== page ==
More Than Just Film
JayetAl performed their La jetée soundtrack at our time travel spectacular on 22nd November 2012. We asked questions first.
You don’t need a flux capacitor to prove that time travel scrambles the mind quite like nothing else. Journey at a more leisurely pace and you’ll still find yourself bamboozled by time’s habit of alternating from a steady drip-drip-drip to full-on gush with little or no warning. Take yesterday, I sat down to write this introduction and struck me like a wet carp that it was January 2007 when JayetAl released their acclaimed and completely ace début album ‘Where No City Lights’. I scrabble for today’s date trying to ignore mortality’s icy breath…9th November….no, the year…WHAT YEAR IS THIS? It’s still 2012? I thought it was 2013 at least. Reality starts bleeding through and the key events of the intervening years shuffle apologetically across my mind. Not exactly seventy months worth but still.
At least JayetAl have kept themselves plenty busy during this time, maintaining their status as a scintillating live experience with tours and festival appearances, as well as the whopping undertaking of writing and recording their second album. And there’s been the time travel side project. They first performed their live soundtrack to La jetée (1962), Chris Marker’s 28 minute Möbius strip of love and death, at the last night of the 2011 Winchester Film Festival, the very event at which SuperCool Cinema was drunkenly conceived. They’ve performed it a handful of times since (here’s a review from last November) and have just completed recording a studio version in time to sell a strictly limited number of copies at our event on November 22nd. To celebrate all of this, SuperCool Cinema fired off some questions to JayetAl and received a super set of answers, including an announcement guaranteed to have fans drooling in anticipation.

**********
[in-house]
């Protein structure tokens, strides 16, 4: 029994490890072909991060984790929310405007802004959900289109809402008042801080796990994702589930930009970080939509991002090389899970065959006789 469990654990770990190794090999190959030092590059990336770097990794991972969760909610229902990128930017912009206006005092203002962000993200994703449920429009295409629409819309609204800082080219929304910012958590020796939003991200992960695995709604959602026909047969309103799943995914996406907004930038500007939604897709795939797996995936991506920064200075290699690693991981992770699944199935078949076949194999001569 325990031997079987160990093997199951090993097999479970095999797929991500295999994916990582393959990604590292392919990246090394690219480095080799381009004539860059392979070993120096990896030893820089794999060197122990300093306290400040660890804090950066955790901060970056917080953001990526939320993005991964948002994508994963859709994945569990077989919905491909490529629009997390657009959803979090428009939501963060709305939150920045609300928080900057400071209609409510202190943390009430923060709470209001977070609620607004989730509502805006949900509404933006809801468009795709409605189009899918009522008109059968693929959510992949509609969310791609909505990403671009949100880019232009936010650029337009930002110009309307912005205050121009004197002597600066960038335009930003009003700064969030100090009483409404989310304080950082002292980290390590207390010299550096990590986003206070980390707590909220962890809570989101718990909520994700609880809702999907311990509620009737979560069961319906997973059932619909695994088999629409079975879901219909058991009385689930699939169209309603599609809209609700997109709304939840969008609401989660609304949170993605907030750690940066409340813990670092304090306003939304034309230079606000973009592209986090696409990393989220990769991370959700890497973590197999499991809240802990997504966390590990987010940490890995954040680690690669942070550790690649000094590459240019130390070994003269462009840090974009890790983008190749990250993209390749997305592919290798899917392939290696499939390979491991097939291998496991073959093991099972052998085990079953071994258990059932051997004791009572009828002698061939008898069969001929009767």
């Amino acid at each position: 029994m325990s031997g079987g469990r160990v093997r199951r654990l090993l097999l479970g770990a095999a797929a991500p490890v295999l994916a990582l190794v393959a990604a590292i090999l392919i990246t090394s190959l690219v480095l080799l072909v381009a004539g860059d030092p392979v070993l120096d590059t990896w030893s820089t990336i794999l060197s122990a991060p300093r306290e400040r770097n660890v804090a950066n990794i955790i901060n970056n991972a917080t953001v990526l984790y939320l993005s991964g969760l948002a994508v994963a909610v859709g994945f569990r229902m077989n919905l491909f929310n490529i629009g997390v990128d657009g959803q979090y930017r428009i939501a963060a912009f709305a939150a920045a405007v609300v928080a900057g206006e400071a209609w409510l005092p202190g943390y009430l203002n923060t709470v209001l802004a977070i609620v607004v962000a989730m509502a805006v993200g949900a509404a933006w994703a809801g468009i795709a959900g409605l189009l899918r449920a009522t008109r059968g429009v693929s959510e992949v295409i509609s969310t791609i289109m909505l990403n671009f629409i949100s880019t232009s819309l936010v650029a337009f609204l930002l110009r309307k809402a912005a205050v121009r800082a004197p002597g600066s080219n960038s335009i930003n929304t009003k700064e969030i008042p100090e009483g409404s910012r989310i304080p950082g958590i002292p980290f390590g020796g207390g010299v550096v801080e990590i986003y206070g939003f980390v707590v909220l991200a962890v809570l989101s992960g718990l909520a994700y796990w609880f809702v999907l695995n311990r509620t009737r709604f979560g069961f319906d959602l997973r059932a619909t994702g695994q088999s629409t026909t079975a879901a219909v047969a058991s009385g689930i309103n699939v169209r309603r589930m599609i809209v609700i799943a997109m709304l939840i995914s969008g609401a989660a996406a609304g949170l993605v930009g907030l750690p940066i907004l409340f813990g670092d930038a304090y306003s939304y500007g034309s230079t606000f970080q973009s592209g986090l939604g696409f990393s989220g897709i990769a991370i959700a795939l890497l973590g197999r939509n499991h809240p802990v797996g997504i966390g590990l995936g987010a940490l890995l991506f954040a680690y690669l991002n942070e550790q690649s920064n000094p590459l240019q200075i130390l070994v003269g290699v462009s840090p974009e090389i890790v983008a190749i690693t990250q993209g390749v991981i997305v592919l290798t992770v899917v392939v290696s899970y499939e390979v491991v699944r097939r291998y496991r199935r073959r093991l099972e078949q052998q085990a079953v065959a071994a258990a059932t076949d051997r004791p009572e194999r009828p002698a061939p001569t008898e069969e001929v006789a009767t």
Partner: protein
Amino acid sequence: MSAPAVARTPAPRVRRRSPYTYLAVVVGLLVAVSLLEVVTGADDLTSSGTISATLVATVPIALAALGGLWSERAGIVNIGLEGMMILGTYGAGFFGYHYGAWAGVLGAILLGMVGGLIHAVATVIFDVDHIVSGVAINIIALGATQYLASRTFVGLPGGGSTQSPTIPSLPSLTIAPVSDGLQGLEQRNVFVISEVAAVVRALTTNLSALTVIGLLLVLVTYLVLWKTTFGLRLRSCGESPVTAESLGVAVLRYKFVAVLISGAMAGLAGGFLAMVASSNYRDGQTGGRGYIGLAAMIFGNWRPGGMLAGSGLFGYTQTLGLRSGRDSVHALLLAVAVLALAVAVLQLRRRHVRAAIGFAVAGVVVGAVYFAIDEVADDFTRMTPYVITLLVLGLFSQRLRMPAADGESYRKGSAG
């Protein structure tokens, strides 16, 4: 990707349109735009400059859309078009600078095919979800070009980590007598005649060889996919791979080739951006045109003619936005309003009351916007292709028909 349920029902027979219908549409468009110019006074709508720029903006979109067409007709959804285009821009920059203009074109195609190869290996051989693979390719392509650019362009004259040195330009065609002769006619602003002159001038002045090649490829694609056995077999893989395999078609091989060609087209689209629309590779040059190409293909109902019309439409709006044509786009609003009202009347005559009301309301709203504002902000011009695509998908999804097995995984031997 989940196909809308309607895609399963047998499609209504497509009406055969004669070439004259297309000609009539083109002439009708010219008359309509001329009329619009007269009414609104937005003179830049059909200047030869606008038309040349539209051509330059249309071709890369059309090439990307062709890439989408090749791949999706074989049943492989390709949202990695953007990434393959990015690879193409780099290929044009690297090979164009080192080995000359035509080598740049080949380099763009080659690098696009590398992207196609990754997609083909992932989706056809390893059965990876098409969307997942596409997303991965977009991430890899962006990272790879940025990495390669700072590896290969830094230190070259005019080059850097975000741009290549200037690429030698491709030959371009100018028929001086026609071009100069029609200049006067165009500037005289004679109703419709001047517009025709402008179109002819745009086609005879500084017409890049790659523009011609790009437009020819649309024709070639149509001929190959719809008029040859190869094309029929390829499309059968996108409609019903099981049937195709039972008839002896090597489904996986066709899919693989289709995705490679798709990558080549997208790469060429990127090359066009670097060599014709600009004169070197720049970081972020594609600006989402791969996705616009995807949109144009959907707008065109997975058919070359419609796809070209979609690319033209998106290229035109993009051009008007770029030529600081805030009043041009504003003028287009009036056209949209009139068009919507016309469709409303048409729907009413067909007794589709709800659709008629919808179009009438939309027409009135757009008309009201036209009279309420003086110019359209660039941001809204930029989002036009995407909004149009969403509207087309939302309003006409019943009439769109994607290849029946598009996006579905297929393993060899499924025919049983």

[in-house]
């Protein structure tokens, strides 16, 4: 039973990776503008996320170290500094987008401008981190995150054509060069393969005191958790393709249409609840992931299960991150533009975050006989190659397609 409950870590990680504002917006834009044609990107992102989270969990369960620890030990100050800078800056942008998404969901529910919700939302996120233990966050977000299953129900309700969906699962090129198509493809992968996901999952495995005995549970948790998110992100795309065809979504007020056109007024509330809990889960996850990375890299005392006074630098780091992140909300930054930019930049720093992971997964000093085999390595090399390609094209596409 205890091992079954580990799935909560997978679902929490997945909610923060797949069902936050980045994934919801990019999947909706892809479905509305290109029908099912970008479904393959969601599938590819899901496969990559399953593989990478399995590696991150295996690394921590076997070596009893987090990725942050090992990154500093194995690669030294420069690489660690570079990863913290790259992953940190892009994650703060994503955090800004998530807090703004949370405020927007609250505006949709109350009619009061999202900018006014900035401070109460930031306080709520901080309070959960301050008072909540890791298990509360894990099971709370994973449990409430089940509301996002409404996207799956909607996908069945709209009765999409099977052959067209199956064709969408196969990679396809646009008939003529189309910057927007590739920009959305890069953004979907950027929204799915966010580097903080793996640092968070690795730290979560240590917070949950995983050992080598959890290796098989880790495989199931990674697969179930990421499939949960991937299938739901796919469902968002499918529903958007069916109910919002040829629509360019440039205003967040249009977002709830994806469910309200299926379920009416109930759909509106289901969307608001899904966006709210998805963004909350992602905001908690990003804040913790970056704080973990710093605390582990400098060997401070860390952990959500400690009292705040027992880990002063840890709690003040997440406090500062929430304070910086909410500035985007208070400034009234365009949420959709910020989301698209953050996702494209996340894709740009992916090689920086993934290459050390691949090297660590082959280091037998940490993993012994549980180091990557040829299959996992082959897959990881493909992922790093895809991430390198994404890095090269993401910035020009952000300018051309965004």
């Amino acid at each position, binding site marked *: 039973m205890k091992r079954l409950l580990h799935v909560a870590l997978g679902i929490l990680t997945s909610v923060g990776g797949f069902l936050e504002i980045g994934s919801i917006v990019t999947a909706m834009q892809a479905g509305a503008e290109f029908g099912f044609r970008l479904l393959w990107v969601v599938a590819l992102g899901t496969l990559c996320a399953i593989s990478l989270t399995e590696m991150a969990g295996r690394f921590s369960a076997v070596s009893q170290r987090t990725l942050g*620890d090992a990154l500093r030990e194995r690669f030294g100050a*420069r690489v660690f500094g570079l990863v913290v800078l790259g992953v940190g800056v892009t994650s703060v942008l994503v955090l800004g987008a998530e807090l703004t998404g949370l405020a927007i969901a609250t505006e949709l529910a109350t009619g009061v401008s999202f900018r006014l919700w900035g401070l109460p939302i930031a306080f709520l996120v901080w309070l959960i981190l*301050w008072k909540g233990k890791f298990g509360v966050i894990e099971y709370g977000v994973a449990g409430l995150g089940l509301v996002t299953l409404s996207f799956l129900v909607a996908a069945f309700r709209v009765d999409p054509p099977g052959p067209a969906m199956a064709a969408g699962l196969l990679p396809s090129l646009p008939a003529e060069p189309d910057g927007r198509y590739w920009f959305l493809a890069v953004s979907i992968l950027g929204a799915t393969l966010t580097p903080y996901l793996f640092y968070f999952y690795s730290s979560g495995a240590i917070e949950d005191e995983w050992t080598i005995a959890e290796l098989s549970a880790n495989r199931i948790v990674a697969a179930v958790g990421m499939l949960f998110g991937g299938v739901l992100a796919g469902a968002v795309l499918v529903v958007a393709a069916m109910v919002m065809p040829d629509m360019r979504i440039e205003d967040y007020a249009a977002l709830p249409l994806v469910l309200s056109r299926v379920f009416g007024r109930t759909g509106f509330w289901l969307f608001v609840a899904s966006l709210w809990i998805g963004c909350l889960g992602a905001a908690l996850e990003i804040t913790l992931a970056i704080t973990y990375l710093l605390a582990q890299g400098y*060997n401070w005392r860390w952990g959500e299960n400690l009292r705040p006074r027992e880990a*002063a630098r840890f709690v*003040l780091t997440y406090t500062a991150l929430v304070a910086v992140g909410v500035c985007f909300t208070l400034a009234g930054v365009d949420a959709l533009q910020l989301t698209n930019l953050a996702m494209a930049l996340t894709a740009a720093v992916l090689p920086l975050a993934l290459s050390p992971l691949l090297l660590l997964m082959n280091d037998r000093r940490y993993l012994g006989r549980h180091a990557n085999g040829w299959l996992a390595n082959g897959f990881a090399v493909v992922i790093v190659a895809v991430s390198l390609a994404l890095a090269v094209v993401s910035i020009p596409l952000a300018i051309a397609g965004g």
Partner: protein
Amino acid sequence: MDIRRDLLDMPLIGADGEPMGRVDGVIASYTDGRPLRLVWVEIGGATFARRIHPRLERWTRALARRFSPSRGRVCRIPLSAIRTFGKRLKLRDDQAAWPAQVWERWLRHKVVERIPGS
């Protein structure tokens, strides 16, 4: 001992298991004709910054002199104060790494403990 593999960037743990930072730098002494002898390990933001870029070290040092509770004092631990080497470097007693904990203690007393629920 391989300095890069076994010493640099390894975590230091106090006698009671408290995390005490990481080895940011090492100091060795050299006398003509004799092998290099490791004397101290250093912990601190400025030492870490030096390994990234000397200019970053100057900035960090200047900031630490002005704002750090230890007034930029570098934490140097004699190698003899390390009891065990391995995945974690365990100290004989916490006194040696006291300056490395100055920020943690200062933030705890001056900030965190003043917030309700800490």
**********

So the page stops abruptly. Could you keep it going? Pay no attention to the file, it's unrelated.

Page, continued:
Prior to La jetée, had cinema been an influence on JayetAl?
Yes. In our performances we want to transport ourselves and the audience to different environments of space and time, in much the same way a film might. In our experience the processes of creating film and recording music are incredibly alike. We have studied cinema, but as film fans we’re populist with art- house and world cinema leanings.
Do you think its fair to say your music is cinematic?
Yes. Whenever you remove lyrics or discernible human voices from a piece of music, the listener is invited to engage in a different way. That can involve investing certain narrative or emotional values in the music, which is where cinematic connotations are often evoked.
Do you have favourite movie soundtracks (of original music) which you can happily listen to on their own?
We do listen to a lot of film soundtrack music, but it’s all a bit traditional and we listen more by artist than whole albums: We like John Williams, Howard Shore, Thomas Newman, Wendy Carlos, Bernard Herman, Enno Moricone and David Lynch.
How did you come to write a new soundtrack for La jetée?